In those days, Movimiento de Mujeres de Córdoba (Cordoba Women's Movement, Argentina) created its first radio program called "No rib at all" on radio Revés,  a radio station belonging to the Cordoba National University. Tron recalls, "It was a very interesting process because the radio did not charge us for the space, but required that we facilitated gender training workshops instead. The exchange was very interesting because we learned how to do radio, and they got an introduction to a subject that, until then, was unfamiliar to them. I think we were able to influence them a lot, emphasizing non-sexist language, and once a week we had a space to publicize the activities and reflections of the Women's Movement. It was the program we wanted, that we had designed and we gave space to many women's voices".

At the same time in Cordoba, Tron was also involved in another project that began to take shape: “Red Nosotras en el Mundo” (We in the World Network). Red Nosotras weaves Latin America and Europe together through a 24-hour Internet radio, with more than 40 programs made by women and LGBTI persons from Latin America, Spain and other European countries.

Red Nosotras also provides training on gender and new technologies specifically for the women's movement, and for women communicators or activists. Tron considers these trainings helped "Many to own not just their voices before a microphone - something that can be really hard for many women, gays or lesbians - but also own the new technologies and empower themselves to use them'. Now with a computer and a couple of programs it's relatively easy for you to make a radio show and broadcast it live". This practice has allowed the Network to broadcast the Encuentros Nacionales de Mujeres (National Women's Gathering) in Argentina and FIRE, for example, has broadcast from special UN sessions, the AWID Forum and other events in different countries, this "enables dialogue and inclusion rather than compartmentalization", says Tron.

Communication from a gender perspective

Trans activist and teacher Vida Morant is highly critical, not only of radio but of mass media in general, saying "Many times they become the gate-keepers who make sure our issues are erased. But it's even worse when they do approach our issues, most times in an inappropriate, demeaning way with very little knowledge of the causes and the history that built these struggles. This is as much of a concern as rendering them invisible is. If a feminist, queer, LGTBI communication exists, it is because we activists have found and conquered those spaces, not because the media opened them up".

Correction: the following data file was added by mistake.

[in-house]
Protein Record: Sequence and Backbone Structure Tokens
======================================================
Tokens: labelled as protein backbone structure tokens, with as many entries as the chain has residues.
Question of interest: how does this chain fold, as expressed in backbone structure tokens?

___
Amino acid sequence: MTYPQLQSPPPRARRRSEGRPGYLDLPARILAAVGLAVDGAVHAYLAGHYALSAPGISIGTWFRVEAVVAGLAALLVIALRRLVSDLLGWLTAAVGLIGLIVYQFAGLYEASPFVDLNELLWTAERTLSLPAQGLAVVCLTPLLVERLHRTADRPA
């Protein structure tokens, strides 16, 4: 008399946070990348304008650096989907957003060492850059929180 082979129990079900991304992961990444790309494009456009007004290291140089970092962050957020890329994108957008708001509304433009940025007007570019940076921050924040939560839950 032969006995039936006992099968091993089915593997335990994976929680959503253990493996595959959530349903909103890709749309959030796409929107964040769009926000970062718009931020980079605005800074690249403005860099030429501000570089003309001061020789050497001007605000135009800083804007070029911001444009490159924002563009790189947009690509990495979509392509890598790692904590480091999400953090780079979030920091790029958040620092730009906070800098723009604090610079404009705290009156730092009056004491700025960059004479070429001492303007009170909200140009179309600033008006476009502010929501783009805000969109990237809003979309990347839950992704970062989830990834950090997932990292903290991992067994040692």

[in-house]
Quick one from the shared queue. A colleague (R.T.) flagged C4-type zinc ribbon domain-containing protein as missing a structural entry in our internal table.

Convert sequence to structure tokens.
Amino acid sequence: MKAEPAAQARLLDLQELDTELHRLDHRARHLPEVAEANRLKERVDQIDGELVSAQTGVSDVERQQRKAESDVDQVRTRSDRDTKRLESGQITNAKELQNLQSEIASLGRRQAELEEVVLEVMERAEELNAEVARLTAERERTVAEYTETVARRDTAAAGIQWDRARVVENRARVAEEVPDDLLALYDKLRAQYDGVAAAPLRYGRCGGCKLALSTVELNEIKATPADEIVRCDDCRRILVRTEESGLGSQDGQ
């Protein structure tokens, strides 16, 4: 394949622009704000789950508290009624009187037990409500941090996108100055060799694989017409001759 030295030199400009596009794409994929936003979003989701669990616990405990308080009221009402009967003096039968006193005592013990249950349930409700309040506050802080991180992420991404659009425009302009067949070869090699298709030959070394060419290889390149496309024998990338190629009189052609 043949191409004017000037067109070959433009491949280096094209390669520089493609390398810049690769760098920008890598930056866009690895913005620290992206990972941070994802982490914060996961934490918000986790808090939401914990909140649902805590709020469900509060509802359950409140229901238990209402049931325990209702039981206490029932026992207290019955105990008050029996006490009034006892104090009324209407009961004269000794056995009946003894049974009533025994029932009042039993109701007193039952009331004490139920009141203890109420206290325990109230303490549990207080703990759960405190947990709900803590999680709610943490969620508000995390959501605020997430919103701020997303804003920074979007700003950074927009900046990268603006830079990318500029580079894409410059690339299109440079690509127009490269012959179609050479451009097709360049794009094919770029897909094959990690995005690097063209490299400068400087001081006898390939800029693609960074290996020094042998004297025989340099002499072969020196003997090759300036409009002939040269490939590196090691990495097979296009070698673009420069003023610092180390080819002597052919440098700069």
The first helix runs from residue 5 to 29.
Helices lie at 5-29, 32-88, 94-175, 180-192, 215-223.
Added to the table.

A key element for Tron is communication from a gender perspective, beyond specific radios programs that are feminist or reflect the agenda of the women's movement. She points out that "It has to do with speaking of any social issue, any kind of reality, or different oppressions, from a gender perspective. This means not only using non-sexist language but also the perspective of women in specific circumstances. For instance, there is a tunnel collapse in a mine and everybody speaks of the miners down there. Who speaks about the miners' wives who are dealing with the situation from the outside, sustaining their children? You can focus on them, and then you will be integrating a gender perspective in communication. I think it's important to be clear about this".

Tron adds that for her, "There is a hard to crack core in communication and, that is the persistence of sexist language usage. For many journalists, both women and men, it is just inclusive language - incorporating male and female grammatical forms. That's fine, but it does not stop there. You might have been talking to journalists - women and men - for several years and they would still say 'No, I don't think it's important to change the language'. I think if we are not clear about the fact that if we don't change the language we can't change the world either."

[1] UNESCO’s Executive Board recommended to the General Conference the proclamation of World Radio Day, on the basis of a feasibility study undertaken by UNESCO, further to a proposal from Spain. The objectives of the day are: to raise greater awareness among the public and the media of the importance of radio; to encourage decision makers to establish and provide access to information through radio; as well as to enhance networking and international cooperation among broadcasters

[2] http://www.unesco.org/new/en/world-radio-day

[3] http://periodismohumano.com/sociedad/comunicacion/la-radios-comunitarias-siguen-llegando-donde-no-llegan-otros-medios.html

[4] The spots were produced in 1998. Some of them can be found at http://radioteca.net/audioseries/sin-los-derechos-de-las-mujeres-no-hay-derechos-2/